It is clear that the critical issue facing homeschoolers today is who decides what is in the best interest of a child: the parents or the state. This includes medical issues, educational issues and a multitude of other issues.
In fact, a prominent university law professor recently asserted that he believes parents only have authority over their children, the right to educate their children, and even the ability to take their children home upon birth because the state gives them that right. Jim Dwyer, the professor from the College of William and Mary, also takes the stance that “it is not a good situation that regulation of homeschooling has largely disappeared.”
In Texas, we believe that parental rights are God-given, fundamental, and constitutional to direct the care, control, and upbringing of our children.
The homeschooling movement has always been about more than the right to educate our children. It’s about the right to raise our children. Homeschoolers in Texas are the guardians of parental rights by educating our children, teaching them life values, and helping set goals.
Jim Dwyer and individuals who share his mentality lack an understanding of the fundamental nature and responsibility of parenting. Unfortunately, there appears to be members of the Texas Legislature who agree with Mr. Dwyer through their actions during the special session earlier this year blocking key legislative items that would have extended and protected parental rights.
We will not be deterred, though. THSC already realized legislative victory this year when we worked with the homeschool community and legislators who share our beliefs to help pass dramatic CPS reforms.
Now, the election season is upon us. THSC will be working diligently to educate the public and evaluate candidates running for political office in Texas. We will also work hard to hold elected officials accountable to support and defend the parental rights of Texas families. Our freedom depends on it. Together, this is how we continue Keeping Texas Families Free.
September 29, 2017
The “S” Word
If you have homeschooled your children for any length of time you have likely been confronted by the “S” question. What about socialization?
A friend recently shared an article with me by a public school teacher offering her opinion that homeschoolers lack socialization. This teacher argued that public school students benefit from collaborating with students who don’t agree with them, unlike homeschoolers. That is an ironic argument in light of the growing number of college students who oppose free speech on campus for those with whom they disagree.
The interesting thing that many homeschoolers have pointed out about the teacher’s argument is that there is no data or studies cited to support this tired, discredited attack against homeschooling.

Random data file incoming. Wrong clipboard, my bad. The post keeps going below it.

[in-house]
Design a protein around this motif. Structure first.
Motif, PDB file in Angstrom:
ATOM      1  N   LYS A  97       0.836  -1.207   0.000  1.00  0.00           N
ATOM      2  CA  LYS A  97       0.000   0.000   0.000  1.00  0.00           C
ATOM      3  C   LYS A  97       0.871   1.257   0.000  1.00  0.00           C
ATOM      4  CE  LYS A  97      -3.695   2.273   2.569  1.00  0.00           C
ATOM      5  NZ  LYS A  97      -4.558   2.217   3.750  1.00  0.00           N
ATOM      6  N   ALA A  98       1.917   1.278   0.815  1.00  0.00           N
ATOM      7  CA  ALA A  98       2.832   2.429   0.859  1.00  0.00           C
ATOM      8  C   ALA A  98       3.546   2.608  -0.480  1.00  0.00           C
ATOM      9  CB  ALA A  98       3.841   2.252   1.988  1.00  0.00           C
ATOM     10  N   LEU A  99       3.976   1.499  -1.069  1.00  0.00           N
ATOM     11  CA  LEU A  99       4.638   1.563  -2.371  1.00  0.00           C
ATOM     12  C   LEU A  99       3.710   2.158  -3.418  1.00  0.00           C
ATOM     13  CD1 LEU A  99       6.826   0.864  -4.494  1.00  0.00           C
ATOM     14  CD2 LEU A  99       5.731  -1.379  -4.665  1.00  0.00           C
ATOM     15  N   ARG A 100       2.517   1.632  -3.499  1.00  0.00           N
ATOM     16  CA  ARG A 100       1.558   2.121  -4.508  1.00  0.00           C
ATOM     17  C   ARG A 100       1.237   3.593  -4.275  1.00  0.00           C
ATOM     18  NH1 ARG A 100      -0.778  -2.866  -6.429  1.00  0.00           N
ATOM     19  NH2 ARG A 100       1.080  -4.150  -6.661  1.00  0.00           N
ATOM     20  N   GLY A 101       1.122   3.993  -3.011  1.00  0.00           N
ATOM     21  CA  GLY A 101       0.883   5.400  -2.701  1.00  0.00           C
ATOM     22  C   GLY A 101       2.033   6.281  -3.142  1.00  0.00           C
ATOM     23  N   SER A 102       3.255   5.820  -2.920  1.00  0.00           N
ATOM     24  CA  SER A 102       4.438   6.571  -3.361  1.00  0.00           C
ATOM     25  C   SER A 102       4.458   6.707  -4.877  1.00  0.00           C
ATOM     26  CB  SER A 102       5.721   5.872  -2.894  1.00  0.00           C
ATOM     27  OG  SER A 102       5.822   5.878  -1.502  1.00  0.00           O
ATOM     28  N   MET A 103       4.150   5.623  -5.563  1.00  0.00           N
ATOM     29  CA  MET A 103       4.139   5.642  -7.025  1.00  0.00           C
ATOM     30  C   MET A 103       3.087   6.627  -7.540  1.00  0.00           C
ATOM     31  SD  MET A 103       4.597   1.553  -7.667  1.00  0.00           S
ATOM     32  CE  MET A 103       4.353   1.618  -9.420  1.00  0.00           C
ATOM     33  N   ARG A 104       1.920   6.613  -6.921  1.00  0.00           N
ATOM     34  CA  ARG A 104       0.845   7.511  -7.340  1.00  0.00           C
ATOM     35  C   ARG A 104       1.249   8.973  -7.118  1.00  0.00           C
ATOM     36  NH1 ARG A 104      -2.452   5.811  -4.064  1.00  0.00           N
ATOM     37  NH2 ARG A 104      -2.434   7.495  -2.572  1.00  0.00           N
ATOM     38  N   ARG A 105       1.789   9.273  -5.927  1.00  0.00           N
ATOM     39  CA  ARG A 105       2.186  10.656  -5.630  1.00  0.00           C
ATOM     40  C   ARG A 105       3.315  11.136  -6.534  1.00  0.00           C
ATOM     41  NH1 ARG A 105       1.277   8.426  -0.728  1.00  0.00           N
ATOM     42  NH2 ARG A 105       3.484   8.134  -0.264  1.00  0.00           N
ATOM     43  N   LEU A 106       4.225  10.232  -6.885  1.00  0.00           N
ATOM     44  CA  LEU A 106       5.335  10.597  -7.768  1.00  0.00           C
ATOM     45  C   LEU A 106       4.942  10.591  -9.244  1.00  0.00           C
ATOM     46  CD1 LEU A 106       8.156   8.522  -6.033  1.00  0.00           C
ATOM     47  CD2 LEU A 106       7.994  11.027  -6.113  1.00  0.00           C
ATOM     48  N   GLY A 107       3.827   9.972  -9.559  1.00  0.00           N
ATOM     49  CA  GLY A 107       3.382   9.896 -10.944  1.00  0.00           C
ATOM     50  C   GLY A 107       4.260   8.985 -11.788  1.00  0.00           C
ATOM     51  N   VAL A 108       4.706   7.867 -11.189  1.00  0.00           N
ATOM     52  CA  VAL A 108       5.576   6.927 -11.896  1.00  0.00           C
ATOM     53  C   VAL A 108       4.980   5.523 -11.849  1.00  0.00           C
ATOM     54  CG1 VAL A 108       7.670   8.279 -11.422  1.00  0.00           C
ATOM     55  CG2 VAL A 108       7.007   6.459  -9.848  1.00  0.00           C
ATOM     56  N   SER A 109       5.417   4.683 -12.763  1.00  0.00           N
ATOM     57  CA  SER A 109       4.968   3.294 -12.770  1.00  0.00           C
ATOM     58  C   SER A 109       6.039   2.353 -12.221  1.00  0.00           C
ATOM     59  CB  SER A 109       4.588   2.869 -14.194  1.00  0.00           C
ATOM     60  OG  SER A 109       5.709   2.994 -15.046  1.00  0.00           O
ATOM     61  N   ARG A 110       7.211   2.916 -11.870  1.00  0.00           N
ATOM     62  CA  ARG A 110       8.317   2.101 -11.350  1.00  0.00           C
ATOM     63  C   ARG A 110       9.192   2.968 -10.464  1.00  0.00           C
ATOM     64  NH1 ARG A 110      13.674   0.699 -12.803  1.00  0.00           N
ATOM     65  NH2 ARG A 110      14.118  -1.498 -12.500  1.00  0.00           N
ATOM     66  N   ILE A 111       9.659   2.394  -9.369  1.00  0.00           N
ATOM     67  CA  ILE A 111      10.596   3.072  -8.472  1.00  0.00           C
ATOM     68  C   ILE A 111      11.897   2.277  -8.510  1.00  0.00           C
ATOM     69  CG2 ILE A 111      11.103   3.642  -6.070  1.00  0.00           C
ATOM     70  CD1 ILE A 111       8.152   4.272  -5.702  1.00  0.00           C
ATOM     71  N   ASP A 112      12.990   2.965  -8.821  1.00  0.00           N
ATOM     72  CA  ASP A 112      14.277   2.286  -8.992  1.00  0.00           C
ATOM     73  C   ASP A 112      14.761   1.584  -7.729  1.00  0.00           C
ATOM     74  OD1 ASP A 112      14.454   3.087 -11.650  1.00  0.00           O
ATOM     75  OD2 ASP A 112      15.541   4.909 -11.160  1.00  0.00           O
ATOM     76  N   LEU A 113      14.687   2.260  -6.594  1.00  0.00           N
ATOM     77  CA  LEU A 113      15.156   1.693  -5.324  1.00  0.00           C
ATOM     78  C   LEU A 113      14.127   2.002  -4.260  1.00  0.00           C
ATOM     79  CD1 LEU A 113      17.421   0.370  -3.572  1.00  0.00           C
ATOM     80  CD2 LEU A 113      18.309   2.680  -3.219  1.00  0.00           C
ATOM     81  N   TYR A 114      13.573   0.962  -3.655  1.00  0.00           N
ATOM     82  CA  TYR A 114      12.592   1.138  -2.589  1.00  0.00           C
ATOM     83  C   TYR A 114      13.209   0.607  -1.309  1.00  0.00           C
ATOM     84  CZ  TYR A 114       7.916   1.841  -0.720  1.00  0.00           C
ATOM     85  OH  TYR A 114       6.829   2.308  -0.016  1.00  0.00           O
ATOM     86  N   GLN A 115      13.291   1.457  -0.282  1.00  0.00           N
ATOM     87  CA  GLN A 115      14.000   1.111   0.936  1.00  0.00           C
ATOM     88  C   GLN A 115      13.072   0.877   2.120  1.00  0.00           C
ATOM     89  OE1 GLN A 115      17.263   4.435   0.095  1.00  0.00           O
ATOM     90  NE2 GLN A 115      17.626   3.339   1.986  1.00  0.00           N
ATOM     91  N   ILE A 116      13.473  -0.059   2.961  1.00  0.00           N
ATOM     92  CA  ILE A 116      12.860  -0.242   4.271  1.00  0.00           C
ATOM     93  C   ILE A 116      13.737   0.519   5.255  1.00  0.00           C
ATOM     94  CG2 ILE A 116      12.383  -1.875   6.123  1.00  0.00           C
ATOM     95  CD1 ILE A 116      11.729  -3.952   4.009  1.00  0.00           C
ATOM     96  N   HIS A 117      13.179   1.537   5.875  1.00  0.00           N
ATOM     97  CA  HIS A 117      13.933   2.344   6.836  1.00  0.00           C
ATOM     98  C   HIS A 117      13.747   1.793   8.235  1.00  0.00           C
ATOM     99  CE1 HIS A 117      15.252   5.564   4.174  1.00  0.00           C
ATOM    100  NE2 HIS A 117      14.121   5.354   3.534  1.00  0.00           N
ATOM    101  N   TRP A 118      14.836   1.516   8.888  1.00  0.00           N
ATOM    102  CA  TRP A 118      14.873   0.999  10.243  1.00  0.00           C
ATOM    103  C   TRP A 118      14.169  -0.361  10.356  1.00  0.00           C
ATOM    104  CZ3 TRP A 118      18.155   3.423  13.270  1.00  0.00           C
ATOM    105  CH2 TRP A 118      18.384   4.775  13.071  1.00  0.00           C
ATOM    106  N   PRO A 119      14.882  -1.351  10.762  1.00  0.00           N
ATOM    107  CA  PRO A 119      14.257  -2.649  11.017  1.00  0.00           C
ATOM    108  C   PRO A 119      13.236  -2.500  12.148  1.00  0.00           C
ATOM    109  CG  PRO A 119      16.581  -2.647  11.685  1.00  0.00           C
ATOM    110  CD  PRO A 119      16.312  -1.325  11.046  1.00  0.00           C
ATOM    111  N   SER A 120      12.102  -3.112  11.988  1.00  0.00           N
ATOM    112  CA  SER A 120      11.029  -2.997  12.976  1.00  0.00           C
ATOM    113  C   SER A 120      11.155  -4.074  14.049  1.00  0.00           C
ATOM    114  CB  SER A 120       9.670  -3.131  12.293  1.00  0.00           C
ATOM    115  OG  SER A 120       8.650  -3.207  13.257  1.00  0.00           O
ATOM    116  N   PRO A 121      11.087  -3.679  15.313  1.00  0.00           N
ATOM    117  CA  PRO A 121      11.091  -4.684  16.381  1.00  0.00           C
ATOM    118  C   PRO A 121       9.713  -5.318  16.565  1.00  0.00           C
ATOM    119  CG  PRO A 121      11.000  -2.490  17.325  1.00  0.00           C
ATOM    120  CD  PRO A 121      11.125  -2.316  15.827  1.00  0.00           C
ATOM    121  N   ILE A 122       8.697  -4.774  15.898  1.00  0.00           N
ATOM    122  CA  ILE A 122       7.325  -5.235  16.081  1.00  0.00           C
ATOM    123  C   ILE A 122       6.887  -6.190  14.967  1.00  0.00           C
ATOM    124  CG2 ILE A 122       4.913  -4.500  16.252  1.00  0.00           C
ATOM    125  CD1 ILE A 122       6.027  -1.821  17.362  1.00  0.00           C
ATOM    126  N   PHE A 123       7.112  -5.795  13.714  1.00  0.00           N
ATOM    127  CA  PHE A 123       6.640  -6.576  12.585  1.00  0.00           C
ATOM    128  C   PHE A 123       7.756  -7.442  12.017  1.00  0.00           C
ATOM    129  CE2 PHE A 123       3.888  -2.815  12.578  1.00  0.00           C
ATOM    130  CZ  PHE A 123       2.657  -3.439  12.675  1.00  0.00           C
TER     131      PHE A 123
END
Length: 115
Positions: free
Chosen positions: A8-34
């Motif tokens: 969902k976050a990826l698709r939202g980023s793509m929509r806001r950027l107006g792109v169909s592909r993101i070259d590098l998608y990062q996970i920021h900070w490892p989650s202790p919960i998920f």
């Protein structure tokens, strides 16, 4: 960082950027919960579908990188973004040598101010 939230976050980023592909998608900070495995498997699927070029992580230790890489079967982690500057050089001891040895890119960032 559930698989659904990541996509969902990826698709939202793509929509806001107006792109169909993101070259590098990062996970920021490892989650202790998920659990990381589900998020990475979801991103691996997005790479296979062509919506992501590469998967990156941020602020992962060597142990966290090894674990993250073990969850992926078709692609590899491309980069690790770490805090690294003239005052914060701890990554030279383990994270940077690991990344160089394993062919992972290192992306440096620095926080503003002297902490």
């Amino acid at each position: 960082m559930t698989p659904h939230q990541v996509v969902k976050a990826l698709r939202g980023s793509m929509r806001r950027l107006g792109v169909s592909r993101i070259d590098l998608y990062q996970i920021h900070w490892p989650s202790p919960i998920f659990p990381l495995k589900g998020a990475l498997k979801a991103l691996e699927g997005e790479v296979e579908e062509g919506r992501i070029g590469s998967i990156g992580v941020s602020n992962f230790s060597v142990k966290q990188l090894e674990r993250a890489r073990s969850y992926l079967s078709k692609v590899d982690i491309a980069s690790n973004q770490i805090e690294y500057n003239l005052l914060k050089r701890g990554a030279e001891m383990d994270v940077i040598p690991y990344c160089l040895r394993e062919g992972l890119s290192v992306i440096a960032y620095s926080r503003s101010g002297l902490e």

Many studies have been conducted to evaluate the idea that homeschoolers are not socialized. The conclusion is this is a myth. In fact, here are two important conclusions from these studies:
- Compared to children attending conventional schools, however, research suggest that they have higher quality friendships and better relationships with their parents and other adults
- An alarmist view of homeschooling, therefore, is not supported by empirical research.
When this issue comes up during media interviews, I always point out that much of the questioning about socialization of homeschooled students stems from the misperception that homeschool students are isolated at home and do not have interactions (or enough interactions) with others.
In actuality, a brief look at typical homeschool activities should convince critics that there is a “whole lot of socialization going on out there.”
My experience with these “S” questions is that they are usually asked in regard to younger children. The assumption is that elementary age children cannot possibly learn how to get along with other students unless they spend 6-8 hours per day with 30 other students their age.
However, any parent of a student in a public school setting will tell you that most of what those students learn from their peers does not reflect positive socialization. Many parent of junior high or high school students are concerned about negative peer influences related to drugs, alcohol and sex. Those issues, my friends, represent real socialization concerns.
For homeschoolers, socialization is a non-issue, which is why we usually smirk or laugh when the question is asked. Perhaps next time a public school teacher or administrator approaches the socialization topic, they should consider meeting face-to-face with a homeschool family like yours to see how well they are faring. Together, this is how we continue Keeping Texas Families Free!